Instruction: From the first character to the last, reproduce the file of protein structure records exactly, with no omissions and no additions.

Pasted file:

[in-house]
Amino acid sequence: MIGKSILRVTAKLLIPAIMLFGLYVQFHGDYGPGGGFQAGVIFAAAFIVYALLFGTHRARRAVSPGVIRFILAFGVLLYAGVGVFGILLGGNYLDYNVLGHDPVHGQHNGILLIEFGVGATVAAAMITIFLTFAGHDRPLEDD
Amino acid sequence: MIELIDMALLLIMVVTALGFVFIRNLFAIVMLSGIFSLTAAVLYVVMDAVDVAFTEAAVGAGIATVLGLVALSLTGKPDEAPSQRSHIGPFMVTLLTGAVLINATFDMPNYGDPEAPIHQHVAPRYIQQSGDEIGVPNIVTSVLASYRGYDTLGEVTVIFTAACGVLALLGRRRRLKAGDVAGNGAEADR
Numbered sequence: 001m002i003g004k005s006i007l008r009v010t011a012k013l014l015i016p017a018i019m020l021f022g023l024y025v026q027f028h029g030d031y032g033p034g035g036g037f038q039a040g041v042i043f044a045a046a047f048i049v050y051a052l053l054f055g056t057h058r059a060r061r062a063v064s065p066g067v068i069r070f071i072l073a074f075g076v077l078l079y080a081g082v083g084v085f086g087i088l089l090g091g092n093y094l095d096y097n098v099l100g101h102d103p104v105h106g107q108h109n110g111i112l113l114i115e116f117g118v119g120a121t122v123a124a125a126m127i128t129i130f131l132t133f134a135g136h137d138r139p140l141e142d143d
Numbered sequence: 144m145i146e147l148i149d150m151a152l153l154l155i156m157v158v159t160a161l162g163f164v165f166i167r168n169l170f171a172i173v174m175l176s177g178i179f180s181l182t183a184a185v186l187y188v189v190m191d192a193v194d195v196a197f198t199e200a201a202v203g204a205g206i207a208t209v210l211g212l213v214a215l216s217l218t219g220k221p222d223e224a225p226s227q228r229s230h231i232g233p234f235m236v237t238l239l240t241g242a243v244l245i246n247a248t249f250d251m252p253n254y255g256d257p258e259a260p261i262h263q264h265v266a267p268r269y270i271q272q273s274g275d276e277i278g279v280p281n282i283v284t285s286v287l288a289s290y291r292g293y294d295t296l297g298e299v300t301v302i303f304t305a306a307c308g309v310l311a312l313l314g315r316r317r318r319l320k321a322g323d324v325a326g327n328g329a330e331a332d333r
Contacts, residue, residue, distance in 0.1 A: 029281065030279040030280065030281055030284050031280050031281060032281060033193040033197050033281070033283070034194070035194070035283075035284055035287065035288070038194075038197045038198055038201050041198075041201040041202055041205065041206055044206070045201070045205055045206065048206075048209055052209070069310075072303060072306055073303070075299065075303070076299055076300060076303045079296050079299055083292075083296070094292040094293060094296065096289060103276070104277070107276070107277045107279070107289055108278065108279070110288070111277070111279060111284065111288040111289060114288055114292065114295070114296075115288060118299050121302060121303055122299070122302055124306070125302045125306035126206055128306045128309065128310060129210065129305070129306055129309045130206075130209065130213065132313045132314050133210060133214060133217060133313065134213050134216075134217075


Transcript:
[in-house]
Amino acid sequence: MIGKSILRVTAKLLIPAIMLFGLYVQFHGDYGPGGGFQAGVIFAAAFIVYALLFGTHRARRAVSPGVIRFILAFGVLLYAGVGVFGILLGGNYLDYNVLGHDPVHGQHNGILLIEFGVGATVAAAMITIFLTFAGHDRPLEDD
Amino acid sequence: MIELIDMALLLIMVVTALGFVFIRNLFAIVMLSGIFSLTAAVLYVVMDAVDVAFTEAAVGAGIATVLGLVALSLTGKPDEAPSQRSHIGPFMVTLLTGAVLINATFDMPNYGDPEAPIHQHVAPRYIQQSGDEIGVPNIVTSVLASYRGYDTLGEVTVIFTAACGVLALLGRRRRLKAGDVAGNGAEADR
Numbered sequence: 001m002i003g004k005s006i007l008r009v010t011a012k013l014l015i016p017a018i019m020l021f022g023l024y025v026q027f028h029g030d031y032g033p034g035g036g037f038q039a040g041v042i043f044a045a046a047f048i049v050y051a052l053l054f055g056t057h058r059a060r061r062a063v064s065p066g067v068i069r070f071i072l073a074f075g076v077l078l079y080a081g082v083g084v085f086g087i088l089l090g091g092n093y094l095d096y097n098v099l100g101h102d103p104v105h106g107q108h109n110g111i112l113l114i115e116f117g118v119g120a121t122v123a124a125a126m127i128t129i130f131l132t133f134a135g136h137d138r139p140l141e142d143d
Numbered sequence: 144m145i146e147l148i149d150m151a152l153l154l155i156m157v158v159t160a161l162g163f164v165f166i167r168n169l170f171a172i173v174m175l176s177g178i179f180s181l182t183a184a185v186l187y188v189v190m191d192a193v194d195v196a197f198t199e200a201a202v203g204a205g206i207a208t209v210l211g212l213v214a215l216s217l218t219g220k221p222d223e224a225p226s227q228r229s230h231i232g233p234f235m236v237t238l239l240t241g242a243v244l245i246n247a248t249f250d251m252p253n254y255g256d257p258e259a260p261i262h263q264h265v266a267p268r269y270i271q272q273s274g275d276e277i278g279v280p281n282i283v284t285s286v287l288a289s290y291r292g293y294d295t296l297g298e299v300t301v302i303f304t305a306a307c308g309v310l311a312l313l314g315r316r317r318r319l320k321a322g323d324v325a326g327n328g329a330e331a332d333r
Contacts, residue, residue, distance in 0.1 A: 029281065030279040030280065030281055030284050031280050031281060032281060033193040033197050033281070033283070034194070035194070035283075035284055035287065035288070038194075038197045038198055038201050041198075041201040041202055041205065041206055044206070045201070045205055045206065048206075048209055052209070069310075072303060072306055073303070075299065075303070076299055076300060076303045079296050079299055083292075083296070094292040094293060094296065096289060103276070104277070107276070107277045107279070107289055108278065108279070110288070111277070111279060111284065111288040111289060114288055114292065114295070114296075115288060118299050121302060121303055122299070122302055124306070125302045125306035126206055128306045128309065128310060129210065129305070129306055129309045130206075130209065130213065132313045132314050133210060133214060133217060133313065134213050134216075134217075